@article{25a135437dde4b32a3d3786a1b8a8d46,
title = "Plasma ascorbic acid and beta-carotene levels in women evaluated for HPV infection, smoking, and cervix dysplasia.",
abstract = "The association of the plasma levels of the essential micronutrients, ascorbic acid and beta-carotene, with smoking and human papillomaviruses (HPV) infection has been studied in 75 women referred to a colposcopy clinic for an abnormal Pap smear. Each patient had a repeat Pap smear and a colposcopically directed biopsy of a visually perceived cervix abnormality. Cervicovaginal lavage specimen and peripheral venous blood sample were obtained for HPV DNA hybridization studies and nutrient analyses, respectively. Samples were obtained and analyzed without knowledge of each woman's clinical status. A group of 45 subjects had histopathologically diagnosed dysplasias of varying grades of severity. Among women with dysplasias, 53.3{\%} were smokers. Of subjects with and of subjects without dysplasias, 66 and 34{\%}, respectively, were positive for HPV infection. The mean plasma reduced ascorbic acid, retinol, and beta-carotene levels between the dysplastic groups were comparable. A strong association with smoking history and plasma reduced ascorbic acid level was note independent of cervical dysplasias or HPV status. The findings underscore the importance of smoking, ascorbic acid, and beta-carotene as nutritional variables, and HPV infection in the pathogenesis of cervical dysplasias.",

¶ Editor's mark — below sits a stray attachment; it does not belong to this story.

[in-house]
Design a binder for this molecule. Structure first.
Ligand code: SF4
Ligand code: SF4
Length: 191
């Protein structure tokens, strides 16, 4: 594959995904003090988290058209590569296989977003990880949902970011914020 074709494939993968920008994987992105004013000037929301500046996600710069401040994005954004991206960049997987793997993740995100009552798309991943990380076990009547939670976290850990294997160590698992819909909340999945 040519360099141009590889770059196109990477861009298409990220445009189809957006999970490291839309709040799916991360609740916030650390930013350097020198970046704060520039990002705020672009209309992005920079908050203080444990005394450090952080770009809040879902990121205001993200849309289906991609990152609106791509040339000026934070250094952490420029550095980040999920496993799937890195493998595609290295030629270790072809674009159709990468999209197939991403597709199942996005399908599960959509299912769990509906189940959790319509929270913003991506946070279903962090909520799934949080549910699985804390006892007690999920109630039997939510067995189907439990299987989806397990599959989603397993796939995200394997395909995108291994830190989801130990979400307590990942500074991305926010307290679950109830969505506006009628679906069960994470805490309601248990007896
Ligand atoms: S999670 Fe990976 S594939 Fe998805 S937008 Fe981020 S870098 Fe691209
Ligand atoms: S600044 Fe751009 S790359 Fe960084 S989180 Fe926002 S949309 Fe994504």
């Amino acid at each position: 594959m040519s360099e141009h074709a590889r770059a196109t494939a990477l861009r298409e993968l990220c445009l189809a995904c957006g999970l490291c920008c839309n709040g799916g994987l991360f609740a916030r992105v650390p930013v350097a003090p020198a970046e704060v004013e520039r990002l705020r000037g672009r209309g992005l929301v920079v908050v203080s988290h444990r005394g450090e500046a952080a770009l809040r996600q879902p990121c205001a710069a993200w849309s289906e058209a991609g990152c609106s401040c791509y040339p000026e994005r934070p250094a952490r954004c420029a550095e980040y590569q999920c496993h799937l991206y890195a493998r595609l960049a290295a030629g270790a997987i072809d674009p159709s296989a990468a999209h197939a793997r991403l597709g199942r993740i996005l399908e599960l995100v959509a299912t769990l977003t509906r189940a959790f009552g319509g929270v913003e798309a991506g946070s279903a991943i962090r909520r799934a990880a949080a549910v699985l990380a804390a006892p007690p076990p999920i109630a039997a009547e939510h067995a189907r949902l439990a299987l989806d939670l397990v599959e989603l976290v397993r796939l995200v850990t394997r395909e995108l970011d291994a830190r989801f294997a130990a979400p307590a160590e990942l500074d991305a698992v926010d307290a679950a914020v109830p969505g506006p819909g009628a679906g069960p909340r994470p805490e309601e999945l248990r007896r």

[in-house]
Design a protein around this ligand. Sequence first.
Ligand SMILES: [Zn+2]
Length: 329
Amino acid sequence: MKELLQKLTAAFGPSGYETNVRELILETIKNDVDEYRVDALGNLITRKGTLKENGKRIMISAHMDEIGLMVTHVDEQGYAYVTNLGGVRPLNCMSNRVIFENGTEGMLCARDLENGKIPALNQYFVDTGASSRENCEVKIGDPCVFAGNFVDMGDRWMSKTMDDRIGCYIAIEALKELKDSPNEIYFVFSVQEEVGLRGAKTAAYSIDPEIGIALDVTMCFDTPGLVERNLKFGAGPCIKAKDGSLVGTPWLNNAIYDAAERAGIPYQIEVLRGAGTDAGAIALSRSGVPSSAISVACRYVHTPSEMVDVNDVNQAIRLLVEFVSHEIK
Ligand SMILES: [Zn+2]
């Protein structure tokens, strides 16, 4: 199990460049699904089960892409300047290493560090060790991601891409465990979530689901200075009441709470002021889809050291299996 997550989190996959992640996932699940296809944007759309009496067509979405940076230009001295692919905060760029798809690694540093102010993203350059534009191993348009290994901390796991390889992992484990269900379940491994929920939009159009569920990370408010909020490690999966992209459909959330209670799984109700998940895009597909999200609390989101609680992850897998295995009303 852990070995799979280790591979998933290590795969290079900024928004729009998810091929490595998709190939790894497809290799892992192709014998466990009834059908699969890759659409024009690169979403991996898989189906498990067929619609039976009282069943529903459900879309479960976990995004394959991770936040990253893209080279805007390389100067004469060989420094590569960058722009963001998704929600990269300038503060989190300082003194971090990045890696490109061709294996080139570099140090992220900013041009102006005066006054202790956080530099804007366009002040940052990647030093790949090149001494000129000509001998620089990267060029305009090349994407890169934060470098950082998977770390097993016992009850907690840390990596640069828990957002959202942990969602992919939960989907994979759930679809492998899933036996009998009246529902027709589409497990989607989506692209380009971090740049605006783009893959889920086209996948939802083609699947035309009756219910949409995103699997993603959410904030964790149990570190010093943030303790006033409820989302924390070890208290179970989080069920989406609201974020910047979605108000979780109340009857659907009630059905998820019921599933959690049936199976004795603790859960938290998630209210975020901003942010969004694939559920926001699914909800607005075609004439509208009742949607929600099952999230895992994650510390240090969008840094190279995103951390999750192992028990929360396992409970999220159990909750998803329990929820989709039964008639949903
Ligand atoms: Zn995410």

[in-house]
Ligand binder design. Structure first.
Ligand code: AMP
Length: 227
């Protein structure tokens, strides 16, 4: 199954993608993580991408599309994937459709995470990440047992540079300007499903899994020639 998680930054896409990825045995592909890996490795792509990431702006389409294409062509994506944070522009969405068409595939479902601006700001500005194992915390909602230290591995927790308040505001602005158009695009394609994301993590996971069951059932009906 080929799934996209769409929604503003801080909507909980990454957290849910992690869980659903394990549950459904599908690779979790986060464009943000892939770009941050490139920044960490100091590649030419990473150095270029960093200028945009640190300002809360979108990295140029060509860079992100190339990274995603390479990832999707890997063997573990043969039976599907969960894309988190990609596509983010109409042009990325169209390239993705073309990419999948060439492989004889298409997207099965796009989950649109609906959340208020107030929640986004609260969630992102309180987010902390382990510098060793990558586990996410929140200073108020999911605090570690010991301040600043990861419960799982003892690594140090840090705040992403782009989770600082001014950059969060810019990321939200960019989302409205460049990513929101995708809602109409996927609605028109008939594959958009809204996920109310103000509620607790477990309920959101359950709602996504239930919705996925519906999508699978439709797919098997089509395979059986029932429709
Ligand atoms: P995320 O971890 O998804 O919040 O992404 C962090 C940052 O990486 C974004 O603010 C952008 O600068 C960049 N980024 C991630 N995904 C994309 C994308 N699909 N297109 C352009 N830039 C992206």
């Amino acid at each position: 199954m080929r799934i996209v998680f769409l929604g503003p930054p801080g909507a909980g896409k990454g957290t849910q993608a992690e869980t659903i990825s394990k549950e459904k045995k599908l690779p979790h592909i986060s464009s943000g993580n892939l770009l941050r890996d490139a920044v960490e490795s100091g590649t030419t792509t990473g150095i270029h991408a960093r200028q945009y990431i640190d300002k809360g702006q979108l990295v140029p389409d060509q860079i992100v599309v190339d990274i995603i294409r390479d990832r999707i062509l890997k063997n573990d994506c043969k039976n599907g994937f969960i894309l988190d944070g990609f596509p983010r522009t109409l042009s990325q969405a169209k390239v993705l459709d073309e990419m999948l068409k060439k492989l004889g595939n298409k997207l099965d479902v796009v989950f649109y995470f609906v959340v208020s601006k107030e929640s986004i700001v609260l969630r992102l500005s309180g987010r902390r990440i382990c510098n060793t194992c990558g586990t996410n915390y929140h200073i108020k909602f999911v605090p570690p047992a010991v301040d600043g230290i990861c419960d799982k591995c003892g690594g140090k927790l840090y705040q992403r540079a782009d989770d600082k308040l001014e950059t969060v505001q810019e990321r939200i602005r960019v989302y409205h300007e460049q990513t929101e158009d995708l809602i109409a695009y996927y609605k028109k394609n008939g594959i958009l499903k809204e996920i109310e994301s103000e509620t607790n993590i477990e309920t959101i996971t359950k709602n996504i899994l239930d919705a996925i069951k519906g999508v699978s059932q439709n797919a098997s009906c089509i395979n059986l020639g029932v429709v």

author = "J. Basu and Palan, {P. R.} and Vermund, {S. H.} and Goldberg, {G. L.} and Burk, {Robert D.} and Romney, {S. L.}",
year = "1991",
language = "English (US)",
volume = "15",
pages = "165--170",
journal = "Cancer Epidemiology",
issn = "1877-7821",
publisher = "Elsevier BV",
number = "3",

}

TY - JOUR

T1 - Plasma ascorbic acid and beta-carotene levels in women evaluated for HPV infection, smoking, and cervix dysplasia.

AU - Basu, J.

AU - Palan, P. R.

AU - Vermund, S. H.

AU - Goldberg, G. L.

AU - Burk, Robert D.

AU - Romney, S. L.

PY - 1991

Y1 - 1991